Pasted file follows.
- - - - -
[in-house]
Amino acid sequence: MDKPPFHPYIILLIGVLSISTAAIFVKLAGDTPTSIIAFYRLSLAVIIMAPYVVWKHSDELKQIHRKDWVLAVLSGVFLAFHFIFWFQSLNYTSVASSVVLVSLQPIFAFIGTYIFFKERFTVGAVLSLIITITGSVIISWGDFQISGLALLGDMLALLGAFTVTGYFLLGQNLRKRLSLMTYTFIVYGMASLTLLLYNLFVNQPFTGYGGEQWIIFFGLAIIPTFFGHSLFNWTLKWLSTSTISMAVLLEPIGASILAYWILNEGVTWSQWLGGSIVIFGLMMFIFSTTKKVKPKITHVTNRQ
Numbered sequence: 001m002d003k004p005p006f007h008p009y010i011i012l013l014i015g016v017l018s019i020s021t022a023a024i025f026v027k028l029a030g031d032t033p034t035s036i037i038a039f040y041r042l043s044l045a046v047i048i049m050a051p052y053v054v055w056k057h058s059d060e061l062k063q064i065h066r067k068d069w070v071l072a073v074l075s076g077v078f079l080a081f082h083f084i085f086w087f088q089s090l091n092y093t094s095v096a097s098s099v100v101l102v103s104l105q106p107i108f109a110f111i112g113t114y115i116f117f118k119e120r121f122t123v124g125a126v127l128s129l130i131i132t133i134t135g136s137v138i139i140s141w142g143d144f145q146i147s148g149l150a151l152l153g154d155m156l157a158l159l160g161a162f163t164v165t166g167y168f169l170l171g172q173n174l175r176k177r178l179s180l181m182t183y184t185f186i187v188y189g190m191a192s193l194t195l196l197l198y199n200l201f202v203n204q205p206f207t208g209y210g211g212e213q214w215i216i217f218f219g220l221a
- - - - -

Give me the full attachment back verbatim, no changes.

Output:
[in-house]
Amino acid sequence: MDKPPFHPYIILLIGVLSISTAAIFVKLAGDTPTSIIAFYRLSLAVIIMAPYVVWKHSDELKQIHRKDWVLAVLSGVFLAFHFIFWFQSLNYTSVASSVVLVSLQPIFAFIGTYIFFKERFTVGAVLSLIITITGSVIISWGDFQISGLALLGDMLALLGAFTVTGYFLLGQNLRKRLSLMTYTFIVYGMASLTLLLYNLFVNQPFTGYGGEQWIIFFGLAIIPTFFGHSLFNWTLKWLSTSTISMAVLLEPIGASILAYWILNEGVTWSQWLGGSIVIFGLMMFIFSTTKKVKPKITHVTNRQ
Numbered sequence: 001m002d003k004p005p006f007h008p009y010i011i012l013l014i015g016v017l018s019i020s021t022a023a024i025f026v027k028l029a030g031d032t033p034t035s036i037i038a039f040y041r042l043s044l045a046v047i048i049m050a051p052y053v054v055w056k057h058s059d060e061l062k063q064i065h066r067k068d069w070v071l072a073v074l075s076g077v078f079l080a081f082h083f084i085f086w087f088q089s090l091n092y093t094s095v096a097s098s099v100v101l102v103s104l105q106p107i108f109a110f111i112g113t114y115i116f117f118k119e120r121f122t123v124g125a126v127l128s129l130i131i132t133i134t135g136s137v138i139i140s141w142g143d144f145q146i147s148g149l150a151l152l153g154d155m156l157a158l159l160g161a162f163t164v165t166g167y168f169l170l171g172q173n174l175r176k177r178l179s180l181m182t183y184t185f186i187v188y189g190m191a192s193l194t195l196l197l198y199n200l201f202v203n204q205p206f207t208g209y210g211g212e213q214w215i216i217f218f219g220l221a